Our commitment to win was reflected in a number of key announcements from last week, but the headliner was the acquisition of Spoken Communications, a leading innovator in the Contact Center as a Service (CCaaS) market. The Spoken platform is based on the Avaya Aura® Platform and Avaya Aura® Call Center Elite, making it a perfect architecture for both Avaya omnichannel offerings, such as Avaya Oceana®, and its Unified Communications as a Service solution. But Spoken brings much more than a proven xCaaS capability to Avaya—the really exciting news is Spoken’s transformative real-time customer experience management applications built on conversational artificial intelligence (AI). A true innovator in AI, Spoken will be accelerating our “Think Avaya, Think Cloud” strategy with solutions that not only provide a clear path for customer migration, but offer improved efficiency, drive more intelligent responses, and gain deeper insight into customer sentiment and experience.

And there was more news at Avaya ENGAGE on the AI front: Avaya introduced Avaya AvaTM , a cloud, messaging-agnostic solution that offers new AI capabilities for social messaging integration and automation of digital interactions. An evolution from our Ava technologies offered for over eight years, Avaya AvaTM delivers AI 2.0 architecture including natural language processing and machine learning. And innovative analytics enables effortless customer engagement through social media and messaging platforms.

Last year we introduced the Avaya Oceana® Solution—our omnichannel context-driven contact center solution. Now we are thrilled to bring the Workspaces environment to our existing customers later this year. This modern agent desktop will take advantage of key elements such as context and customer journey and be made available to our existing customer base, enabling them to transform their CXs.

Avaya also unveiled compelling enhancements to its signature unified communications user experience, Avaya Equinox®. These include:

  • Enhancements to Avaya Equinox Meetings Online, a cloud-based meeting and conferencing service that can be deployed with or without an Avaya infrastructure. The economical, pay-as-you-go cloud model offers the same capabilities as an on-premises deployment, making it easy to take a hybrid approach and mix and match between the two.
  • The new Avaya Equinox Attendant, which enhances customer service and brings the power of unified communications to front-desk operators. We will extend Avaya Equinox to the IP Office platform—providing a single UC platform for all our customers.

Devices remain a key part of Avaya’s strategy to deliver a unique UC Experience Everywhere. Avaya has shipped over 100M phones to date and currently ships almost 10,000 new devices every day. For 2018, Avaya is expanding customer options for UC devices like never before. The Avaya Experience has evolved to be more modern, connected and personalized, and tailored to vertical specific needs such as hospitality and retail. Key additions include:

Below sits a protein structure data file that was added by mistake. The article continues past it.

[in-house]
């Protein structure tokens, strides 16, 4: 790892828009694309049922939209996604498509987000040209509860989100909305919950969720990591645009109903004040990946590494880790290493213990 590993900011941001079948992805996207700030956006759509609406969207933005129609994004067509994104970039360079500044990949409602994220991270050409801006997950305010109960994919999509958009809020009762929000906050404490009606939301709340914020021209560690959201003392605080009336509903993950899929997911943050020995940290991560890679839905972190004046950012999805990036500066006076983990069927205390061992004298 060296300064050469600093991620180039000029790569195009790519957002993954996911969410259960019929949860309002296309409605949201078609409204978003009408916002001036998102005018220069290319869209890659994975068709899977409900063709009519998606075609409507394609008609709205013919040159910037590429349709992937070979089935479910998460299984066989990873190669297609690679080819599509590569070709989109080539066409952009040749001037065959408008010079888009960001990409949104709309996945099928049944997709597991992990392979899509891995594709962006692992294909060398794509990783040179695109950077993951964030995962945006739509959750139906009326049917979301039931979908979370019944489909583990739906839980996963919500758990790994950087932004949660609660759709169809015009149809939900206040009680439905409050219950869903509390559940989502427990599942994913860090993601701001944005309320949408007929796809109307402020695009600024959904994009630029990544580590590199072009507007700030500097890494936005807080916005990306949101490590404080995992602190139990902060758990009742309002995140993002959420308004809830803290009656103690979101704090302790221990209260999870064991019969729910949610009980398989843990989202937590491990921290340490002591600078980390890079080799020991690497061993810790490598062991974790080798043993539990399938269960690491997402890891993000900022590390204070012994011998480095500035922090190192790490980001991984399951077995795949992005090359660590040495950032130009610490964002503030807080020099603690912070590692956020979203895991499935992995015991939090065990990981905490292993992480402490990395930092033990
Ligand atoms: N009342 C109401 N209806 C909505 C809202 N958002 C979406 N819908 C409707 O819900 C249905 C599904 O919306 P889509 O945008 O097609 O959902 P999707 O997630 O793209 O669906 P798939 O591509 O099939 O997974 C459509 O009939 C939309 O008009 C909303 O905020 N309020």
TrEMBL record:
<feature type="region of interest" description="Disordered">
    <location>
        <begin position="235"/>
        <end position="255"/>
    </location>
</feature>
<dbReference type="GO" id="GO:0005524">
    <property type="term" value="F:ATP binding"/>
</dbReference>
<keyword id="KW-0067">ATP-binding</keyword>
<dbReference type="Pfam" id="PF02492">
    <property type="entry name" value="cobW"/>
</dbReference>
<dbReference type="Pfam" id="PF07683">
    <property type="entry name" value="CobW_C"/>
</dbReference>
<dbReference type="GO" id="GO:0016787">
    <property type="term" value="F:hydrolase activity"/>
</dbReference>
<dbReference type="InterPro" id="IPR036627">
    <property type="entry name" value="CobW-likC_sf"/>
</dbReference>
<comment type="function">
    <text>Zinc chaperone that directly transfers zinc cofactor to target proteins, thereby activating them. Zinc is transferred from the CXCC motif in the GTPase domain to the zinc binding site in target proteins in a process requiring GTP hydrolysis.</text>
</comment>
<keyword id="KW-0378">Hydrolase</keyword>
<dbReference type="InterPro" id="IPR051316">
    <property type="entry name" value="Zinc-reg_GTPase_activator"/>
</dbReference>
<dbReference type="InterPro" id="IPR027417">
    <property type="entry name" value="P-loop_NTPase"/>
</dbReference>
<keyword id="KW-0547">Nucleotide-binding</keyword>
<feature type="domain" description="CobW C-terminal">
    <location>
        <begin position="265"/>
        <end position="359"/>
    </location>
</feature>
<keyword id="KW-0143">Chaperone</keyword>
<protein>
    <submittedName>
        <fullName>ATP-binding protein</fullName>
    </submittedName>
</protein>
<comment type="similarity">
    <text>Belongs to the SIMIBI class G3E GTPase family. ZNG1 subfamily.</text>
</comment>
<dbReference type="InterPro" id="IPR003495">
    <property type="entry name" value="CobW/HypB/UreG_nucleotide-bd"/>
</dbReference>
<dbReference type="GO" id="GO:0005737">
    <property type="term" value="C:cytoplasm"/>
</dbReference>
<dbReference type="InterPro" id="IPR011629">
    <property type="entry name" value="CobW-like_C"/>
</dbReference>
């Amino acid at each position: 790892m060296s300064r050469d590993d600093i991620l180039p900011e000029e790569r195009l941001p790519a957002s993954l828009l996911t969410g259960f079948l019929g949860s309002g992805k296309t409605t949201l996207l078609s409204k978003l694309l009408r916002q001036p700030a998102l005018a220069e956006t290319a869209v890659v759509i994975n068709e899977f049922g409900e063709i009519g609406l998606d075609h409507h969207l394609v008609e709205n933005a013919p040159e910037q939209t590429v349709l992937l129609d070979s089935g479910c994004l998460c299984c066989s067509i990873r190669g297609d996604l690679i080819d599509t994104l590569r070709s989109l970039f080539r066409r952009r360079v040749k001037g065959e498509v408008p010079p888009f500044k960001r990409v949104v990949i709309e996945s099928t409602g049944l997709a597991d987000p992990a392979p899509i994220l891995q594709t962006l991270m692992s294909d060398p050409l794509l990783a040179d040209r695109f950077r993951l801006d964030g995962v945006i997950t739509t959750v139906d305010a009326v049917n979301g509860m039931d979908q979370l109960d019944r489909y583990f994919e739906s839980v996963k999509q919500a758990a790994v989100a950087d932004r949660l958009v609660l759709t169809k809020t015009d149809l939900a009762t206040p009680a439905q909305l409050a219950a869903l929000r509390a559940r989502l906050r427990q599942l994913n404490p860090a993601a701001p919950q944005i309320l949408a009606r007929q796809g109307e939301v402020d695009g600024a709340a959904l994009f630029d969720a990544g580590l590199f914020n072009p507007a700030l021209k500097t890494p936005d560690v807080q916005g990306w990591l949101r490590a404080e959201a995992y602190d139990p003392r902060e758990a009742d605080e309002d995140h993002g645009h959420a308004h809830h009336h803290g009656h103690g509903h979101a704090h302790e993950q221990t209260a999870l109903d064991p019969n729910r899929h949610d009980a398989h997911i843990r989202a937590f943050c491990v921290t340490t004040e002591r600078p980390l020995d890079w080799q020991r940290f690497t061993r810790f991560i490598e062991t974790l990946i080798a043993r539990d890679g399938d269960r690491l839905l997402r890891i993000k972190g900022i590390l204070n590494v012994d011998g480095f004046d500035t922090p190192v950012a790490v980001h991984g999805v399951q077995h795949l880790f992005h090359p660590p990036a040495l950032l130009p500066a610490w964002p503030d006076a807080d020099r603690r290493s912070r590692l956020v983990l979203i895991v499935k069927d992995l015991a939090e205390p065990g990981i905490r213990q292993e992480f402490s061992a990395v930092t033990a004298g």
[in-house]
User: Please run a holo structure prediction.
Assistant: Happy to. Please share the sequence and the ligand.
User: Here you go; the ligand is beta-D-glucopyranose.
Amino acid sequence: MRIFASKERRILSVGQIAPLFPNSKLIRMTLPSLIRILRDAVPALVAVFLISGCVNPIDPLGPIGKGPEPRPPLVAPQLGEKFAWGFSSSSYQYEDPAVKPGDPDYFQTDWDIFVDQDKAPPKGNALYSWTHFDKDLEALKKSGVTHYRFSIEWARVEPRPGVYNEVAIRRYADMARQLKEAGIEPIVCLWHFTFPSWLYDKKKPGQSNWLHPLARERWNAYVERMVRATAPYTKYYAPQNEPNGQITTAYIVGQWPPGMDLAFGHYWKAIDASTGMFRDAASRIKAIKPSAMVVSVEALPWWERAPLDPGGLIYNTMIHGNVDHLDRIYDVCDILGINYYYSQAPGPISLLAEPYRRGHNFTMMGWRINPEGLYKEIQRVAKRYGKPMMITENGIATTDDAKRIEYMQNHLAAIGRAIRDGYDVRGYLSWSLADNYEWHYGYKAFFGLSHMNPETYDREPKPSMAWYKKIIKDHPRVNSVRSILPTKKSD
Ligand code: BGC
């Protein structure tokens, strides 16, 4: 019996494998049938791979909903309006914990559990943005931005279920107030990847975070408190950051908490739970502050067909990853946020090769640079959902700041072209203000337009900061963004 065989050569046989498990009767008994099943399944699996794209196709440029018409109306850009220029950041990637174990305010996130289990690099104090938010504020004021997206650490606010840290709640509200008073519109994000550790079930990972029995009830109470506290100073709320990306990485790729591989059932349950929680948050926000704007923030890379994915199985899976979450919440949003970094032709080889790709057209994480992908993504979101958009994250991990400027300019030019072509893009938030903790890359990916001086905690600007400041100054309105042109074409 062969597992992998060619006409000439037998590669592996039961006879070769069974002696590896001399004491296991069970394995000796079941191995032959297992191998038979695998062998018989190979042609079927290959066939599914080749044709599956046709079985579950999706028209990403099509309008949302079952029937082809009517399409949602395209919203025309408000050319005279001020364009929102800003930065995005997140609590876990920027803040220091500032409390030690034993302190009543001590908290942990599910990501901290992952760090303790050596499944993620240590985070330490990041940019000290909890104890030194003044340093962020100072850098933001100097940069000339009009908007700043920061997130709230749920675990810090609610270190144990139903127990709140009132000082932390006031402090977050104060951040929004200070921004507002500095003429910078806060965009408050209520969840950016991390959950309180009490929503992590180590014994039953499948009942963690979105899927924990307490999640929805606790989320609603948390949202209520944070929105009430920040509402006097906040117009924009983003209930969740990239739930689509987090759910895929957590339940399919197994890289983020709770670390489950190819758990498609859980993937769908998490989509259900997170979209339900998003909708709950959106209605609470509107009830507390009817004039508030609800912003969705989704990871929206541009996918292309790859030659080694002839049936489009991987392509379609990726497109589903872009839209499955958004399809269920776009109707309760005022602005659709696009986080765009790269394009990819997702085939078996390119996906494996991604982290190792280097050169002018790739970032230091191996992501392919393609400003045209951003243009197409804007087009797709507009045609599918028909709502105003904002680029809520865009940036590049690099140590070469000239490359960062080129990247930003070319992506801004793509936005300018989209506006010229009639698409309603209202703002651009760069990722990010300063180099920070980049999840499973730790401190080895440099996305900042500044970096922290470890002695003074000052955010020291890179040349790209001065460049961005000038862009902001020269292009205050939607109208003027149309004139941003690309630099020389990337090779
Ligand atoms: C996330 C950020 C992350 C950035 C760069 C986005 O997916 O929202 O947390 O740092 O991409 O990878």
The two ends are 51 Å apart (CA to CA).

• Launching Avaya’s new Essential Experience portfolio of industry leading phones for a state-of-the-art user experience that includes Bluetooth and WiFi connectivity.
  • Extending the Avaya Vantage Experience to include support for IP Office.
  • Announcing the new Avaya CU-360 Collaboration Unit, which provides easy set up and collaboration in huddle room spaces.

Providing our customers a bridge to the future is a key focus for Avaya this year—and this goal will drive a great deal of our activity. To start, Avaya has launched a number of new promotions:

  • Loyalty2gether: This exciting and bold offer provides all our loyal Communication Server 1000 customers with a path forward to either IP Office or Avaya Aura with full support for the surrounding applications like customer contact and messaging. It’s an opportunity to reinvent what communications, customer experience, and collaboration can mean to your business and to do so with an unprecedented level of experience and investment protection.
  • Oceana NOW: This program focuses on helping organizations evolve and transform their CXs.
  • Automate CC NOW: Through the use of automation capabilities, Avaya is helping organizations modernize for less.

These programs are a prime example of our focus to ensure no customer gets left behind.

ENGAGE 2018 was a very busy week of announcements, meetings and demonstrations, and the energy and enthusiasm of our customers kept us going and underlined our confidence that Avaya is back and ready to do battle. Continue to watch for updates and details on Avaya.com and let us know how the new Avaya can support your plans in 2018.